**21**January, 2014

I wrote a month or so ago about the challenge of finding — or creating — simulation models. In that post, I suggested there are three general categories of engineers looking for a model:

- Give me a model
- Help me understand the model
- Help me develop a model

For the “help me develop a model” category, I mentioned Graphical Modeling and Language-based Modeling as two popular model development options. These are useful methods when all you have is equations describing a device’s performance. But there is a modeling need that sits between having a canned simulation model and needing to create one from scratch. It’s a modeling middle-ground where you have component data from which to generate your model. For example, you may have a list of SPICE parameters, or perhaps VHDL-AMS code, that you want to turn into a simulation model for SystemVision. Or you may want to create a model from component datasheet performance parameters or curves. Enter the SystemVision Model Wizard, newly added to the SystemVision 5.10 release.

Model Wizard accepts component data in multiple formats, including SPICE parameters, VHDL-AMS code, datasheet performance tables, and datasheet performance curves. From these data sources, the wizard generates a SPICE or VHDL-AMS model along with a schematic symbol you can immediately use in a design. The generated model’s format depends on the input data’s format. If you start with SPICE parameters, you end up with a SPICE model. If you start with VHDL-AMS code or datasheet information, the end result is a VHDL-AMS model. With device data in-hand, the wizard walks you through five easy steps:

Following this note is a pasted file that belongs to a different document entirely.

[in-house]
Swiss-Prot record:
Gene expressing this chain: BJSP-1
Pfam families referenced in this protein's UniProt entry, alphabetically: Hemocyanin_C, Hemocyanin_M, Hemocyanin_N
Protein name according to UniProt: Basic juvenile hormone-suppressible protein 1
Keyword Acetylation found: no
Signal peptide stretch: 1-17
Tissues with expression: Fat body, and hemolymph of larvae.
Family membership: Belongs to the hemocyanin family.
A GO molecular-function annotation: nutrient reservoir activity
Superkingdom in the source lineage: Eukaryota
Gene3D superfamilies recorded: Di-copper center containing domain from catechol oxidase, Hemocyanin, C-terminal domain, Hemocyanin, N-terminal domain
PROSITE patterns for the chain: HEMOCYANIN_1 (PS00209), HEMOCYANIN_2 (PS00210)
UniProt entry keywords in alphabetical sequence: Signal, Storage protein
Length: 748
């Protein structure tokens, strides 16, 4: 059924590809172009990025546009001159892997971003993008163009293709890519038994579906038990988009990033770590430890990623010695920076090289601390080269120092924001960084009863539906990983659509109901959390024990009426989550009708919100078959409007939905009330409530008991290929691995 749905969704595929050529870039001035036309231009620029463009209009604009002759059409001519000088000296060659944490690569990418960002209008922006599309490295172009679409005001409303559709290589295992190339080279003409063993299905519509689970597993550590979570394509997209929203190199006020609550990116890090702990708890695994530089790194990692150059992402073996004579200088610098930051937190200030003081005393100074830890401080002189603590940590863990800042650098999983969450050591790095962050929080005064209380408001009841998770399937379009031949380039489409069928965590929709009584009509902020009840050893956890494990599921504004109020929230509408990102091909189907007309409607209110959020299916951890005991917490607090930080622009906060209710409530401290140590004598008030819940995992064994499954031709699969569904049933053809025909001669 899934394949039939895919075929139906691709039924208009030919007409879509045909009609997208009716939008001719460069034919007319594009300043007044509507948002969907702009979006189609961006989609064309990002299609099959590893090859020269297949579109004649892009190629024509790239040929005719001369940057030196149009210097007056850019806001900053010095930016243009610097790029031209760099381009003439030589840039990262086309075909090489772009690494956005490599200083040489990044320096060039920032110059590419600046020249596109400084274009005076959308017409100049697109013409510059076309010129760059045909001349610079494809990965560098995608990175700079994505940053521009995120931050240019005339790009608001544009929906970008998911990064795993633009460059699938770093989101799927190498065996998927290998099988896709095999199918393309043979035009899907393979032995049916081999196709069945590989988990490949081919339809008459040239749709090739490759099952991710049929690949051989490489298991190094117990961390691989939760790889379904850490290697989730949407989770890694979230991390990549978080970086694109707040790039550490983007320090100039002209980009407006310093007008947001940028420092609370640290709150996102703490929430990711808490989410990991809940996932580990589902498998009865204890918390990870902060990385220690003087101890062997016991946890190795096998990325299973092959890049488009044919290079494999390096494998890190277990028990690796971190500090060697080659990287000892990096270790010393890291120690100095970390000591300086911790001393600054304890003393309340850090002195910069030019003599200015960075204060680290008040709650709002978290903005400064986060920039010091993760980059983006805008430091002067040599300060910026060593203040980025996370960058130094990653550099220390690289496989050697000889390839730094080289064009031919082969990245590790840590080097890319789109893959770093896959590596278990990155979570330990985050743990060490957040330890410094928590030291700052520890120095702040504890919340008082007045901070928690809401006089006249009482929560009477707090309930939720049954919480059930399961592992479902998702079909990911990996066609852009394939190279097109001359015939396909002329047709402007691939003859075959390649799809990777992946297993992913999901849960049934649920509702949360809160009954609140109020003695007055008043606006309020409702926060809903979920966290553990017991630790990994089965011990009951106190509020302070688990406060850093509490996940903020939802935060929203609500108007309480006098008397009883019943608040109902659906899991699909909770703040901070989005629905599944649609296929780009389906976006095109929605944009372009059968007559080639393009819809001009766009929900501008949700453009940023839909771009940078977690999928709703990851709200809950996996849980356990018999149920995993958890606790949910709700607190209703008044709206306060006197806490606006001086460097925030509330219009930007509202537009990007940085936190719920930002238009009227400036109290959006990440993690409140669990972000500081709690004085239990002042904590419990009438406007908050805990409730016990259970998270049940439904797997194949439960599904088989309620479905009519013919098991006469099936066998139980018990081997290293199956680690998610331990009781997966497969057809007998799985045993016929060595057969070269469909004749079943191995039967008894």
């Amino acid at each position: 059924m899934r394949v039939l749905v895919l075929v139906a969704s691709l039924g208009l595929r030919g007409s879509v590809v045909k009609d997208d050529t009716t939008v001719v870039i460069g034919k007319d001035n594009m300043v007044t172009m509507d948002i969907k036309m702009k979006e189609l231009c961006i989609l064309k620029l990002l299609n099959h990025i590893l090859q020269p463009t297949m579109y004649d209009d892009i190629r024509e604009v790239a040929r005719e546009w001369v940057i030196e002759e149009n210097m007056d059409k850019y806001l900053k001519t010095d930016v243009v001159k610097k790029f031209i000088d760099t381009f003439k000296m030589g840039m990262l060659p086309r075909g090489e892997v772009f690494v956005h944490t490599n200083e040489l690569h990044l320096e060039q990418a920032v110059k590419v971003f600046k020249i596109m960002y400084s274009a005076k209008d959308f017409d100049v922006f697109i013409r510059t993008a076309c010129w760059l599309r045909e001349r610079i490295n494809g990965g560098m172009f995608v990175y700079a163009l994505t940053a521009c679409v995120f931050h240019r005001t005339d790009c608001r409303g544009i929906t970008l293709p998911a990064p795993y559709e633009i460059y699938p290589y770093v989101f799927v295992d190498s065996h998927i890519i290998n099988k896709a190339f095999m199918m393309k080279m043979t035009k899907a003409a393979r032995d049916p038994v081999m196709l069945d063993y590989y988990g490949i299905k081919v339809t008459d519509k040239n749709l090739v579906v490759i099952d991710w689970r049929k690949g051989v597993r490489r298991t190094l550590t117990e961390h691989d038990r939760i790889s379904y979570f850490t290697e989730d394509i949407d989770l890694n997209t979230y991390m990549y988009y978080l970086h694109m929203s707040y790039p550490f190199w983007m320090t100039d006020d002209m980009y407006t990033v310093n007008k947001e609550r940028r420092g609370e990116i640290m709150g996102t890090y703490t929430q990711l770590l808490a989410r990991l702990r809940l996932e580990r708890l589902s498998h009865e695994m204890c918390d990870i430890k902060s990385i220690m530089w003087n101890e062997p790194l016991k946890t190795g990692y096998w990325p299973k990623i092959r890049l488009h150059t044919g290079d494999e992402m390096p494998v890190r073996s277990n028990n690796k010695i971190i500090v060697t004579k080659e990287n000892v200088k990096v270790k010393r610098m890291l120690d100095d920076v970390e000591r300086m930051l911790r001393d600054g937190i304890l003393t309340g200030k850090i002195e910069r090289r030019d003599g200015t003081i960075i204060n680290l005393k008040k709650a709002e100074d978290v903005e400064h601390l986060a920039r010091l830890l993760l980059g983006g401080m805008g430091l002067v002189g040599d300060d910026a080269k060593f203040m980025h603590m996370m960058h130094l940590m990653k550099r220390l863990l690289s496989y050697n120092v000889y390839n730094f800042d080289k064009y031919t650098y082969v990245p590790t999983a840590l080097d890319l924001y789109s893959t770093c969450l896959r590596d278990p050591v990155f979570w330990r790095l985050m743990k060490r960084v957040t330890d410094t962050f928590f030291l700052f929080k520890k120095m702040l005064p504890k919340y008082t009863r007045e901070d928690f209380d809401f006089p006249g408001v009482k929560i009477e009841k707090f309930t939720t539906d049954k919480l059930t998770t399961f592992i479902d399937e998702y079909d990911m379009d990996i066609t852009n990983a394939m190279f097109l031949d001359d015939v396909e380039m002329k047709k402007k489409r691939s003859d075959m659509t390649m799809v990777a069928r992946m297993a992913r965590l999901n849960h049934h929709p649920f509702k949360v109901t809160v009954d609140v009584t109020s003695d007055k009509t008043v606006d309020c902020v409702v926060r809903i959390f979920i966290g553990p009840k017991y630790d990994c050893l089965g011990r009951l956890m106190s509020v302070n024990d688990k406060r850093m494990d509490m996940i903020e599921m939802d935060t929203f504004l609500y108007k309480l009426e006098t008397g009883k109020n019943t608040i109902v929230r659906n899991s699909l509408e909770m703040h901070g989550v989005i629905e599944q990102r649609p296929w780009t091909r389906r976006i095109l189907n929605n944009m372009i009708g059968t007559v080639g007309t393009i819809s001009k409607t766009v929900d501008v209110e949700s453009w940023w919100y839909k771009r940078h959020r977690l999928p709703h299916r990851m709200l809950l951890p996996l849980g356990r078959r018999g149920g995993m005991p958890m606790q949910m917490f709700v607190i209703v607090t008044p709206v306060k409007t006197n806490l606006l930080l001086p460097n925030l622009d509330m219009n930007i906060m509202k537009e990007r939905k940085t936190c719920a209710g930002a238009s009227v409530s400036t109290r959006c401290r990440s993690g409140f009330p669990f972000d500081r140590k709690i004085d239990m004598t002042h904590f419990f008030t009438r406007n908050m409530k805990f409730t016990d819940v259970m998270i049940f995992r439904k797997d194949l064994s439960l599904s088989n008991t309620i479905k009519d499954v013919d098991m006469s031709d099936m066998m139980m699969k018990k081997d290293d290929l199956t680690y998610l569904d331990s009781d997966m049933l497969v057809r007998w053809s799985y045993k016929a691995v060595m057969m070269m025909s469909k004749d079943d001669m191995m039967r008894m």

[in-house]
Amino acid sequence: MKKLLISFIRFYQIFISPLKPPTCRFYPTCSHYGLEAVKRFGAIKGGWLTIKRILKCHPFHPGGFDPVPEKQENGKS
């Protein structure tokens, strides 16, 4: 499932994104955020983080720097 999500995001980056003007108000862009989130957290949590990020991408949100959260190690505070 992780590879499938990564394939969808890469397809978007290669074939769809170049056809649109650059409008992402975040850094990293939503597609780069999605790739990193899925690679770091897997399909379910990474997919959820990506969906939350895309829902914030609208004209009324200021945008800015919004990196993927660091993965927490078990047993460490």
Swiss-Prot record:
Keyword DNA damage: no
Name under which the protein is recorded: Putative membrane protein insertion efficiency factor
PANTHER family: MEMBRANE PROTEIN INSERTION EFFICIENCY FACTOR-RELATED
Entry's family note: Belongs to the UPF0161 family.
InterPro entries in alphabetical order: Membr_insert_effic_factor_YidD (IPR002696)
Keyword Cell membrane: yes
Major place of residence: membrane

- Select your model data type (SPICE, VHDL-AMS, Datasheet)
- Choose the base SystemVision model that matches your data
- Select or create your symbol
- Match the ports in your model to the pins on your symbol
- Set default values for model parameters

When these steps are complete, you simply save the model and start using it, which brings me to another new feature in SystemVision 5.10: Shared Libraries. Shared Libraries support the Model Wizard and let you create your own custom libraries of simulation models and schematic symbols. The Model Wizard’s final step is saving your model to the local project or a standalone library . If you want to use the model only in your local project, then save it with the project. But if you save your new model in a library outside of a project, you can access that library’s models and symbols from any of your SystemVision projects.

If you have SystemVision 5.10 installed, try the Model Wizard and see how easy it is to create simulation models from a variety of data formats. And if you still need to install the 5.10 release, hop over to SupportNet to download the software and begin the installation. Since feedback is always a good thing, as you use the wizard to create models, post a comment or send me an email and let me know what you think.